When Mickey Mouse was sent to a Nazi concentration camp

In 1942, Horst Rosenthal was sent to the Vichy concentration camp Gurs, where he drew a comic-book that survived him: Mickey au Camp de Gurs, it tells the story of Mickey Mouse being snatched from the street and sent to Gurs, and features a tour of Gurs that uses a brave face of humor to cope with enormous suffering. Read the rest

Kickstarting a seminar series with Ada Palmer and me about the history of censorship and information control

Science fiction author, librettist, singer and historian Ada Palmer (previously), science and piracy historian Adrian Johns, and I have teamed up to create a seminar series at the University of Chicago called Censorship and Information Control During Information Revolutions, which compares and contrasts the censorship regimes and moral panics that flourished after the invention of the printing press with modern, computerized efforts to control and suppress information. Read the rest

The Most Perfect album: musical tributes to all 27 US Constitutional amendments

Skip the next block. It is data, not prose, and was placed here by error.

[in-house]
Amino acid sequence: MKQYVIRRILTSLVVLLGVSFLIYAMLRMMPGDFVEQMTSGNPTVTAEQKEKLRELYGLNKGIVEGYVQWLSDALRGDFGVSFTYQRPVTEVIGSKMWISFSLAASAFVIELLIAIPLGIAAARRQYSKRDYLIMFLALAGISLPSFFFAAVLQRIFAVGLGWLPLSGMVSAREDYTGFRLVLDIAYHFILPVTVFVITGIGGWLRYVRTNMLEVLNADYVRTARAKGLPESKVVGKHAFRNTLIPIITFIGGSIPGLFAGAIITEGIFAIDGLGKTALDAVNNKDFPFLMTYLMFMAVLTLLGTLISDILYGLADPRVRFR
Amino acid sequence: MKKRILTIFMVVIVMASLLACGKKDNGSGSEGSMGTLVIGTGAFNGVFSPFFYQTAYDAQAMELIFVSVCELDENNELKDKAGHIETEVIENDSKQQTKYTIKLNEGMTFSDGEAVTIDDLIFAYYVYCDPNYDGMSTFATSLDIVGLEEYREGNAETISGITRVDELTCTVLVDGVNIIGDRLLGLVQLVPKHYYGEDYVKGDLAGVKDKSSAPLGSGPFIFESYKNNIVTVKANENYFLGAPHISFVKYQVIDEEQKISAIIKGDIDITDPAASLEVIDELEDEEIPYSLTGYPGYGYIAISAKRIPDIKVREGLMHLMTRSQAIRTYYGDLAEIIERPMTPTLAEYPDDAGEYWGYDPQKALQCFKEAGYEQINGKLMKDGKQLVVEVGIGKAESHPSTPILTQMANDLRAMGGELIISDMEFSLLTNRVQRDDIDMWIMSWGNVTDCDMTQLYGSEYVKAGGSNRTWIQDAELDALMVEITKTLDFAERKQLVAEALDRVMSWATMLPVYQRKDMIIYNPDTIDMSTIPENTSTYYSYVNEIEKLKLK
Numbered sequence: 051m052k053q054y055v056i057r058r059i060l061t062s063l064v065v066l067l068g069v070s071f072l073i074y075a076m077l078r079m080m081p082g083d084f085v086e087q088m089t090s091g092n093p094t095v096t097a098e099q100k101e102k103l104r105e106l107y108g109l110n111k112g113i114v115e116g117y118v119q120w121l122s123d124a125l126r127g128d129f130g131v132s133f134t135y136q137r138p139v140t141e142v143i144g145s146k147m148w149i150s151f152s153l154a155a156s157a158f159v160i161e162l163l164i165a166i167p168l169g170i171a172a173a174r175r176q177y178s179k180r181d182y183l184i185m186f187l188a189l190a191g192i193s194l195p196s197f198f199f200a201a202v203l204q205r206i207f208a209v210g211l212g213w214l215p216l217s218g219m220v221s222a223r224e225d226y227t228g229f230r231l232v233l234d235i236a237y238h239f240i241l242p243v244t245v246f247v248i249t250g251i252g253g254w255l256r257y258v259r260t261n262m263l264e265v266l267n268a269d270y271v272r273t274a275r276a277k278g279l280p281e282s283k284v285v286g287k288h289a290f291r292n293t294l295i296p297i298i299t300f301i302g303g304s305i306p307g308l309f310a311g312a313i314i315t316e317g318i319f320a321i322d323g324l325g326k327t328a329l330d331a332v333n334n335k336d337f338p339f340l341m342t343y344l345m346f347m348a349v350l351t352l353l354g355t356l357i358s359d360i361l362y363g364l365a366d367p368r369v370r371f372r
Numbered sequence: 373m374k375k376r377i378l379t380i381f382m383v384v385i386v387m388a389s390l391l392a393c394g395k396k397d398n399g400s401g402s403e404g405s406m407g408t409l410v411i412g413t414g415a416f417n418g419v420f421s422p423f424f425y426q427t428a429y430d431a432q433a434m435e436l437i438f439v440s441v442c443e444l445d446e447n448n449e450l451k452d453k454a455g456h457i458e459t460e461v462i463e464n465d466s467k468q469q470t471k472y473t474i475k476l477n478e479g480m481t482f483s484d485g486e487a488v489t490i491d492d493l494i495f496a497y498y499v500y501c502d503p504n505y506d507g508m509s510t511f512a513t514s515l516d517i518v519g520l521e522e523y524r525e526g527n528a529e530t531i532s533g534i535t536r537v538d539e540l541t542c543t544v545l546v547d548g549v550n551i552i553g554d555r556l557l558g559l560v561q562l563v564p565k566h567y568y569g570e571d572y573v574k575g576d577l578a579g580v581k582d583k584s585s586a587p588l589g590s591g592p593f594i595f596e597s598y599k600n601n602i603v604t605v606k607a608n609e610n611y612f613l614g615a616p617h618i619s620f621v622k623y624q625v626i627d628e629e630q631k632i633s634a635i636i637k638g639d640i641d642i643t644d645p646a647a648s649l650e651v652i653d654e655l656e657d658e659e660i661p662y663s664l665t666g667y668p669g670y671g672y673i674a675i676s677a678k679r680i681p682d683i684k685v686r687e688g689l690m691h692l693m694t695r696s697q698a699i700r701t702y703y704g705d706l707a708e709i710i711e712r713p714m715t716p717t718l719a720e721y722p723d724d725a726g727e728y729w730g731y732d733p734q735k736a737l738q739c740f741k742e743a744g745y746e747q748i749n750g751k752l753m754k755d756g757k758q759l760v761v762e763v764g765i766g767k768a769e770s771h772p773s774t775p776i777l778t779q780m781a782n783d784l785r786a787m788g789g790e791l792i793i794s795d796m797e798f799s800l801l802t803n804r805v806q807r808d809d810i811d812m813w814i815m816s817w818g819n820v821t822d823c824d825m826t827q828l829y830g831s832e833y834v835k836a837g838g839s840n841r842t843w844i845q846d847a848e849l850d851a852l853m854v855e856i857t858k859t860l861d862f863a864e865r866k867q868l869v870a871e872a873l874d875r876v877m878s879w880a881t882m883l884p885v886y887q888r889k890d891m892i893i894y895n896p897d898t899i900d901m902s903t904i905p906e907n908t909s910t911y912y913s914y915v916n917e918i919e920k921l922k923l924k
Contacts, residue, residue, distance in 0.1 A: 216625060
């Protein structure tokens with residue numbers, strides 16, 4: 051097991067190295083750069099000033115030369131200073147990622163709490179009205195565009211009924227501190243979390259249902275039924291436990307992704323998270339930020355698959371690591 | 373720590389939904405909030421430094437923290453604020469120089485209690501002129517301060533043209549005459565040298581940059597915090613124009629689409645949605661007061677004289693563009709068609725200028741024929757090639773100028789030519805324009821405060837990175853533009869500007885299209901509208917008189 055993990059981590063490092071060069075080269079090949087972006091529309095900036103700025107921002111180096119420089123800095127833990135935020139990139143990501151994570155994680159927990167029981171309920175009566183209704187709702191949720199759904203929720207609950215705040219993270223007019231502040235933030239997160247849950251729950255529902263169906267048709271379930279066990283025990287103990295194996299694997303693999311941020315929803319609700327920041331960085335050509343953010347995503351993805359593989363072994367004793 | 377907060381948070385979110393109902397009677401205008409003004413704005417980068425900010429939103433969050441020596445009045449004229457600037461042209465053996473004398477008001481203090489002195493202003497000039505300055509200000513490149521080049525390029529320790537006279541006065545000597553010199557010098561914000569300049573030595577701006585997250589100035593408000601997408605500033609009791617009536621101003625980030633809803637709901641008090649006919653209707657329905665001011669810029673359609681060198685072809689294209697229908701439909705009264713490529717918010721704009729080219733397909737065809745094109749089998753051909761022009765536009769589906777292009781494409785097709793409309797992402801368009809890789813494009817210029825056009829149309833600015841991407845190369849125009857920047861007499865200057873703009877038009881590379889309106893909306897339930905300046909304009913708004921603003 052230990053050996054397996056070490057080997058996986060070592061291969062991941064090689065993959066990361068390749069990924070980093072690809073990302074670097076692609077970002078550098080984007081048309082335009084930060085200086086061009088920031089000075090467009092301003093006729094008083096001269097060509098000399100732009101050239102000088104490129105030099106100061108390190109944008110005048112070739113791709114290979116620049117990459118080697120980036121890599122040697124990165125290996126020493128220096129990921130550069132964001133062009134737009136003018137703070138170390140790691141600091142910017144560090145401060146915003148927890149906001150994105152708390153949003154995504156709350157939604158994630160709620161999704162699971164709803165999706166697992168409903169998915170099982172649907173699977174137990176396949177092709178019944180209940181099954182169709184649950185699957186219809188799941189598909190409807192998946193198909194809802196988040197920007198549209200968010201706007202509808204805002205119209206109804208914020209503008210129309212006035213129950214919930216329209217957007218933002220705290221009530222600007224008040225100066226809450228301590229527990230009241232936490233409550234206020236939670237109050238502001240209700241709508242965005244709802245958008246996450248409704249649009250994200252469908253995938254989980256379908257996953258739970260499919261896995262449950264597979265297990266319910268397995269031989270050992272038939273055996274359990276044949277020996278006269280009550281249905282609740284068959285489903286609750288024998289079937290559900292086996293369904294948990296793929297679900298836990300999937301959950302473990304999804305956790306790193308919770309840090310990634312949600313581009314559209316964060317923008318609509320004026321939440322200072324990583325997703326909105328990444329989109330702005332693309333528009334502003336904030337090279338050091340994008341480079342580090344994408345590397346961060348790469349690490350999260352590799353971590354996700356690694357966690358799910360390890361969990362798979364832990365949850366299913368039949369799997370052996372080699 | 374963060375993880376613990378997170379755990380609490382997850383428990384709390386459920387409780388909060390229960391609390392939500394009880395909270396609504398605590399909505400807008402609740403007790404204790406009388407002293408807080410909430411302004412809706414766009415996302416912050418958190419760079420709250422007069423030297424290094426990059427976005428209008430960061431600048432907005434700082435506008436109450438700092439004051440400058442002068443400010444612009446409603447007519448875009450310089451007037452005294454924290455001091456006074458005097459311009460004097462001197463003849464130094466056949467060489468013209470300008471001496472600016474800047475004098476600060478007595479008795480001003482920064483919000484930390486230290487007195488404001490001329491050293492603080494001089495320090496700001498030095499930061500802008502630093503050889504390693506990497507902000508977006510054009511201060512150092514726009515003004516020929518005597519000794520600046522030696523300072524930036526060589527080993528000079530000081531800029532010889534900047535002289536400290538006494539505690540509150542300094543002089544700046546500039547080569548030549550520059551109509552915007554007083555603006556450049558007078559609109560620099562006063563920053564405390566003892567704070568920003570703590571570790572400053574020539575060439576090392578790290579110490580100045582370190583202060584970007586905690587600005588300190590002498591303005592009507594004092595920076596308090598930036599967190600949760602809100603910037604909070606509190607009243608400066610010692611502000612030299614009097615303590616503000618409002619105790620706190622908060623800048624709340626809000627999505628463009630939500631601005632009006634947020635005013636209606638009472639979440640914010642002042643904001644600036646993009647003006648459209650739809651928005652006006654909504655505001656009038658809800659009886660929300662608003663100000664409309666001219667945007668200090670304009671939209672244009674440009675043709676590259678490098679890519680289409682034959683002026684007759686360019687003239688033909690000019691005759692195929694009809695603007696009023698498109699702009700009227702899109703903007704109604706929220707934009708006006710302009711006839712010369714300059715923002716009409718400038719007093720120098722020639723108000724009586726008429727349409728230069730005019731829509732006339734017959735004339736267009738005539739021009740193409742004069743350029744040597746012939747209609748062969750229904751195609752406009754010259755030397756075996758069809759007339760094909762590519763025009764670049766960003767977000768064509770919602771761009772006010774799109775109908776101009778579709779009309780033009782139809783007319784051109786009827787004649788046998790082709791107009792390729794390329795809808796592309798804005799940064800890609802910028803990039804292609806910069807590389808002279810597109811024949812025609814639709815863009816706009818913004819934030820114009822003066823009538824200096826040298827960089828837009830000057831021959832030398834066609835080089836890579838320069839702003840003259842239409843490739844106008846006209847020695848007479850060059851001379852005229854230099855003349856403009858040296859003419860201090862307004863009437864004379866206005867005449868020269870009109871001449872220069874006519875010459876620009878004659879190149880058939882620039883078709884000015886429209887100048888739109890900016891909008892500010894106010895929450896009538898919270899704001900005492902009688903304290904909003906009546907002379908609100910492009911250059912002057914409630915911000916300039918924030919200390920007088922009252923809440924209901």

For more than two years, Radiolab has been running a brilliant side-podcast called More Perfect which involves deeply reported, engaging stories about Supreme Court decisions, skilfully mixing in audio from the trials, historic or new interviews with the people involved, and commentary from scholars and activists that serve to illuminate the incredible stories behind the court decisions that have shaped life in America. Read the rest

Gentleman who thinks Confederates were the good guys in the Civil War gets epically self-owned

In this clip from Rest in Power: The Trayvon Martin Story, Florida gun store owner and George Zimmerman pal Andy Hallinan explains that the Civil War was not about slavery. He is then asked what it was about. [via Lachlan]

Hallinan: The majority of people believe that it is a symbol of heritage, that it is a symbol of our history, that people think is associated with the South, and the South was fighting for slavery — that’s a common misconception about what actually took place. When you study the history, that was one thing that the war was about. People don’t go to war for one issue.”